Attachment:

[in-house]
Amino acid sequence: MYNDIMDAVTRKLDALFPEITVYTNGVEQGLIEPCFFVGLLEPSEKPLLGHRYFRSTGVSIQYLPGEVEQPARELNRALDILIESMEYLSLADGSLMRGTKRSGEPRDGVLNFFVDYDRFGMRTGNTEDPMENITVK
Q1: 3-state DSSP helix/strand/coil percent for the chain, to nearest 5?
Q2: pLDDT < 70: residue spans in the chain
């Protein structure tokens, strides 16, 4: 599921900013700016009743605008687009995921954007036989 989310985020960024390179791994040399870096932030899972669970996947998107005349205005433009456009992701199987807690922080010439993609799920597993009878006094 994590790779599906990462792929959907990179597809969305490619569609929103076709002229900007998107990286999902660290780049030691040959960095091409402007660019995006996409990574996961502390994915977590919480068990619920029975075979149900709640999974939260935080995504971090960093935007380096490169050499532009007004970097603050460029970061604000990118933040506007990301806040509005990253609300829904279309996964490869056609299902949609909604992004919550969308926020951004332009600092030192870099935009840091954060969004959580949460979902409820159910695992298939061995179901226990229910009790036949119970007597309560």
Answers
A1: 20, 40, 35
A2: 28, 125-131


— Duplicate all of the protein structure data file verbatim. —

[in-house]
Amino acid sequence: MYNDIMDAVTRKLDALFPEITVYTNGVEQGLIEPCFFVGLLEPSEKPLLGHRYFRSTGVSIQYLPGEVEQPARELNRALDILIESMEYLSLADGSLMRGTKRSGEPRDGVLNFFVDYDRFGMRTGNTEDPMENITVK
Q1: 3-state DSSP helix/strand/coil percent for the chain, to nearest 5?
Q2: pLDDT < 70: residue spans in the chain
């Protein structure tokens, strides 16, 4: 599921900013700016009743605008687009995921954007036989 989310985020960024390179791994040399870096932030899972669970996947998107005349205005433009456009992701199987807690922080010439993609799920597993009878006094 994590790779599906990462792929959907990179597809969305490619569609929103076709002229900007998107990286999902660290780049030691040959960095091409402007660019995006996409990574996961502390994915977590919480068990619920029975075979149900709640999974939260935080995504971090960093935007380096490169050499532009007004970097603050460029970061604000990118933040506007990301806040509005990253609300829904279309996964490869056609299902949609909604992004919550969308926020951004332009600092030192870099935009840091954060969004959580949460979902409820159910695992298939061995179901226990229910009790036949119970007597309560």
Answers
A1: 20, 40, 35
A2: 28, 125-131